It is possible that this care gap reflects differences in the relative risk of underlying mental health problems; in other words, that men have better mental health than women. But there are reasons to be skeptical of this claim, including men’s high rates of suicide, lower rates of health insurance, and low rates of screening for mental health problems among boys and men. Moreover, there is strong evidence that socialization and norms contribute to men’s reluctance to seek out the care they may need. The policy challenge is clear: we must lower the barriers for boys and men accessing mental health care. A key related goal is to ensure that boys and men see therapy or other mental health care as being just as appropriate for themselves as for the girls and women in their lives.

Declining share of men working in mental health

At a time when suicide among men is at an all-time high, the share of men working in mental health-related professions has recently reached all-time lows. Figure 2 shows the male share of the psychology and social work professions from 1968 to 2023. In 1968, men made up approximately 38% of the social work workforce, compared to 18% in 2023. The psychology workforce has seen a particularly large drop in the share of men, falling from 68% in 1968 to 20% today.


For the purposes of our analysis, we analyze workers who were coded in the given professions, active in the labor force, and possessed a master’s degree or above using Current Population Survey Data. We restrict the sample to these demographics to maintain consistency and observe the workers most likely to be licensed and practicing in mental health contexts. The American Psychological Association restricts the definition of “professional psychologist” to those possessing a doctoral or professional degree. We include those coded as psychologists with master’s degrees in order to account for variations in state licensing and to include those who work in mental health contexts without doctoral degrees. To ensure reliability, we also look at the same trends using American Community Survey data as well as samples without the education requirement for social workers, as many social workers do not possess a master’s degree or above. The results are similar and indicate that our analysis is robust.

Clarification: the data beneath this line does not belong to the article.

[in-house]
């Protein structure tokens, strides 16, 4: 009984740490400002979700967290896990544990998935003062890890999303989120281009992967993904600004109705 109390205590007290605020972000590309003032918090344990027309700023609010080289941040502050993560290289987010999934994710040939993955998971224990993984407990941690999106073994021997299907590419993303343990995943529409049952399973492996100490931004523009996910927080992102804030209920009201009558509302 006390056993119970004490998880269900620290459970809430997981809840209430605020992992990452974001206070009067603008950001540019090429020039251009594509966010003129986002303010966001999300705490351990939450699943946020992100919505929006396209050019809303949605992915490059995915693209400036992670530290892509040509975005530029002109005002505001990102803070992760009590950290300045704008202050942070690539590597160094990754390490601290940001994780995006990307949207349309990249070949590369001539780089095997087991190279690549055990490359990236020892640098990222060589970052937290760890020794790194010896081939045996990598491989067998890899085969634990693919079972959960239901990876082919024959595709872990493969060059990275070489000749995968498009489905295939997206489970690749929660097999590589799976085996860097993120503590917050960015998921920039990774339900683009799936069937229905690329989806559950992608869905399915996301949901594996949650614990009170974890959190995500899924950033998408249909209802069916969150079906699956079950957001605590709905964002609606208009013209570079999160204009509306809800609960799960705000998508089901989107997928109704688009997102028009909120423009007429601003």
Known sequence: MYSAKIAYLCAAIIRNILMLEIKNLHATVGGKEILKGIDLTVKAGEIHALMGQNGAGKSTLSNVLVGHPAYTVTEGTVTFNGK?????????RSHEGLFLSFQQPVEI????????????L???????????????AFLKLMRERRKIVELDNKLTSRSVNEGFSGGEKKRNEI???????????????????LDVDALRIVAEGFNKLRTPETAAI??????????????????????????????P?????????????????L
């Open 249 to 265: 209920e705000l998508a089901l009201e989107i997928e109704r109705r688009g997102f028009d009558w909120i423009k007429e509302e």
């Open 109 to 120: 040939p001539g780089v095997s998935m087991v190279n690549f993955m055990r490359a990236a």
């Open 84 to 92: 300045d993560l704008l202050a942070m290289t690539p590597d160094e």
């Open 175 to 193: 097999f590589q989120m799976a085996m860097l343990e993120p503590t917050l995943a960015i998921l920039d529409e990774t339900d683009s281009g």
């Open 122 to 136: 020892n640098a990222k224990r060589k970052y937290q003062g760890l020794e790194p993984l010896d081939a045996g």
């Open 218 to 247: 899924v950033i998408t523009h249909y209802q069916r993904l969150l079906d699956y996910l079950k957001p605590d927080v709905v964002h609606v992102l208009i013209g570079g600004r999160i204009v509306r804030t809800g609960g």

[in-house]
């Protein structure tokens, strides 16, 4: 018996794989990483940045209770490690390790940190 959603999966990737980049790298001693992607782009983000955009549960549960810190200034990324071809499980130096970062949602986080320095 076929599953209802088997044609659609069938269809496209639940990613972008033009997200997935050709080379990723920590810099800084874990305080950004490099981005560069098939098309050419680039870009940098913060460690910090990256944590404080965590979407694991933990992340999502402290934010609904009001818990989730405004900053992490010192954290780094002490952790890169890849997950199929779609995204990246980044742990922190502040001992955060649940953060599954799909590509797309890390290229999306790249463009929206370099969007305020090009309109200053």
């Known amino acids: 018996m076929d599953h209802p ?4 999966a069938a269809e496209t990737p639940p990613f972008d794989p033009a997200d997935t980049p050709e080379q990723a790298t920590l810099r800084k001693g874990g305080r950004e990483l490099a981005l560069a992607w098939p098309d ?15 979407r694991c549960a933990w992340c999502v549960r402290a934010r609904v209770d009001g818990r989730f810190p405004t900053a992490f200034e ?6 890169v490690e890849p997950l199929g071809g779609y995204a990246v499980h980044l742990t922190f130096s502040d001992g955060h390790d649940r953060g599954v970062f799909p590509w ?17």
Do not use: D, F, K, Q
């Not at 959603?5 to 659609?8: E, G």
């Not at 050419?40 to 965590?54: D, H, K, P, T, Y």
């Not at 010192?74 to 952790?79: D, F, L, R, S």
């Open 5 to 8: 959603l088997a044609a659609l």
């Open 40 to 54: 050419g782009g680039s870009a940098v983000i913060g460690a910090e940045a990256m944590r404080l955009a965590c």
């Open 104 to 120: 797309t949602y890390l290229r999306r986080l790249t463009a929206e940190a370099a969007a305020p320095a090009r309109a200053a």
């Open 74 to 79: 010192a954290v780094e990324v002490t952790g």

Figure 2


As the chart shows, the male share of the social work profession has more than halved over the last half-century, while the male share of psychologists has fallen even more precipitously, by more than two thirds. The decline has been relatively consistent, beginning in the 1970s and 1980s and persisting through the turn of the century and the last two decades.

This trend appears set to continue. In 2023, the mean age of male psychologists was 60, compared to a mean age of 47 for female psychologists. If the downward trend in male representation were to continue at the same average rate as since 1968, the psychology profession would have no men at all by 2046, and the social work profession would be male free by 2070. Obviously, these are simple extrapolations rather than predictions, but serve to illustrate the sharpness of the decline.